Anyone who has read my blog over time knows my political views, so it will come as no surprise to read of my dismay over what the candidacy of Donald Trump has revealed about a substantial minority of the American populace. The deep dark, polluted well of bigotry and intolerance which Trump has unroofed has led to the cockroaches feeling empowered to creep out into daylight, and it has not been a pretty sight.
First, let’s review a bit of history. The founders of our country were both brilliant and selectively blind. Their brilliance, as reflected in the Declaration of Independence, the Constitution and its appended Bill of Rights, is evident for all to see. These documents have enshrined the highest aspirations for society, including certain specific rights we hold most valuable of all. And yet, these same founders permitted slavery and other forms of discrimination which, in today’s world, are seen to be totally unacceptable by most thinking, educated individuals. Unfortunately, however, it is only “most” and not all.
Within the country, bigotry exists: racial, ethnic, religious, and all tend to be generalized. Whether its anti-black, anti-Asian, anti-Latino/Hispanic, anti-Jewish, anti-Catholic, or anti-Muslim, the tendency is to paint with a very large brush. For those individuals and groups of individuals holding such views, no amount of logic or reason, education, shaming, or objective example can so much as dent their internalized biases.
Many of those harboring these belief systems understand that to reveal them to the larger public would result in significantly adverse social consequences, so they keep their views to themselves. Increasingly, however, they and their more vocal counterparts have come to feel empowered to express themselves.
The largest, but perhaps not the only, enabling force in this has been the Republican Party which, for years, has drifted increasingly rightward under the influence of religious fundamentalists, white bigots (the so called “angry white men”, although there are many angry white women, too), and those with money buying their way into government for their own gain. Republican philosophy has become increasingly based upon policies that maintain a rigid social structure in which there is a permanent underclass that is always slighted in legislation and preyed upon by those who continue to benefit and exert ever increasing influence over legislation.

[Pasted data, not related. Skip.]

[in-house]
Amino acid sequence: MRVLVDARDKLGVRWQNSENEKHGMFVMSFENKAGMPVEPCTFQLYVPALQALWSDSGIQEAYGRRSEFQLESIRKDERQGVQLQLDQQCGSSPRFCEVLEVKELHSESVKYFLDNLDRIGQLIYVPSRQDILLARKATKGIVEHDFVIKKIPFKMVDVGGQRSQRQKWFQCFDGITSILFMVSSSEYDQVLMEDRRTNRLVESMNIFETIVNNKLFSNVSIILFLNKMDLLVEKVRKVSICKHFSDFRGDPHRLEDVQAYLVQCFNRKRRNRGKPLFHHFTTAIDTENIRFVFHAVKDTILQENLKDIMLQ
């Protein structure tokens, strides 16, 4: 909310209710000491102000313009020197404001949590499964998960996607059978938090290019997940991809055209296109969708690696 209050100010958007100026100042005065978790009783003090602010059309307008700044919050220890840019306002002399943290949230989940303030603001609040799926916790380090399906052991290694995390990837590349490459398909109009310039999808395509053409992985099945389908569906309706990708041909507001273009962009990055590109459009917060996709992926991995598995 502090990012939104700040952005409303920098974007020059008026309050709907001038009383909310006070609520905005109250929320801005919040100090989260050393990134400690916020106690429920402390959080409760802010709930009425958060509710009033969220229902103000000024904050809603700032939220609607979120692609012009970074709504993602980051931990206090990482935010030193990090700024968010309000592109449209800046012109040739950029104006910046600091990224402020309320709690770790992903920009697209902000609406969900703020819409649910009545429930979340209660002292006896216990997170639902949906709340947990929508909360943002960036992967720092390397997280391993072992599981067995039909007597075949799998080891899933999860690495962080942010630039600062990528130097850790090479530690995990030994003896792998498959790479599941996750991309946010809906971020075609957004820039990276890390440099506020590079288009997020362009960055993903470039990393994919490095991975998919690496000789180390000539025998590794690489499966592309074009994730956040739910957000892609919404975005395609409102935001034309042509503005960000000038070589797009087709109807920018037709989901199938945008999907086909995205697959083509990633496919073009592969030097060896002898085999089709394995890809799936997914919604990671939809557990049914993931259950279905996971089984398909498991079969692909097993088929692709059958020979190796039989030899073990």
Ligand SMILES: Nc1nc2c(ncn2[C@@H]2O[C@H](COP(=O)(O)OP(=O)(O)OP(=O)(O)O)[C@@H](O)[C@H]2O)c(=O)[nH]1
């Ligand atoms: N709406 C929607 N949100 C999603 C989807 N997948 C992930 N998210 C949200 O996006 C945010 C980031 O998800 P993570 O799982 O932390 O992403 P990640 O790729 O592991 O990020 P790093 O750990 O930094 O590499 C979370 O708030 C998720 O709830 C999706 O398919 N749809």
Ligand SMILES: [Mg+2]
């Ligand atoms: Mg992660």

Donald Trump has become the almost inevitable end product of the Republican Party’s acceptance of, and conquest by, these expressive and controlling forces. The party of Lincoln has been co-opted by the radical right, the business elite, the NRA, intolerant religious fundamentalists, and white supremacists. One need only take the most obvious example of this over the past 8 years: the racially motivated, unending campaign to discredit President Obama by labeling him as a foreign born Muslim. As recently as immediately following the Orlando mass shooting, Donald Trump (who still supports the “birther” movement), strongly implied that President Obama was complicit in the attack. Examples abound, but who needs more than this to understand the nightmare that the Republican Party has unleashed.
The most disheartening aspect of this, aside from the fact of Trump’s ongoing support by those who feel as he does, is that influential Republicans are continuing to support him: Ryan, McConnell, Perry, Rubio(!), et al. are all placing “party unity” and irrational hatred of Hillary Clinton above their previously expressed opinions regarding Trumps behavior. This could mean one two things. Either their feelings haven’t changed about Trump but they’re simply morally bankrupt, or despite their criticism of Trump, they actually see him giving vent to their own views, which is just another way of saying they’re morally bankrupt. Either way, it’s pretty damned depressing. In the end, though, one thing is clear: the Republican Party has become neo-fascist, racist, class-conscious, angry, and militant, and has adopted a punitive attitude toward all with whom they disagree or toward whom they harbor deeply seated bias. It does not bode well as it serves to empower other elements in the country holding similar views. One can only hope that changing demographics along with an increasingly secular, humanistic orientation of the highly educated in our county will ultimately overtake and drown out the voices of anger and intolerance. It’d sure be nice.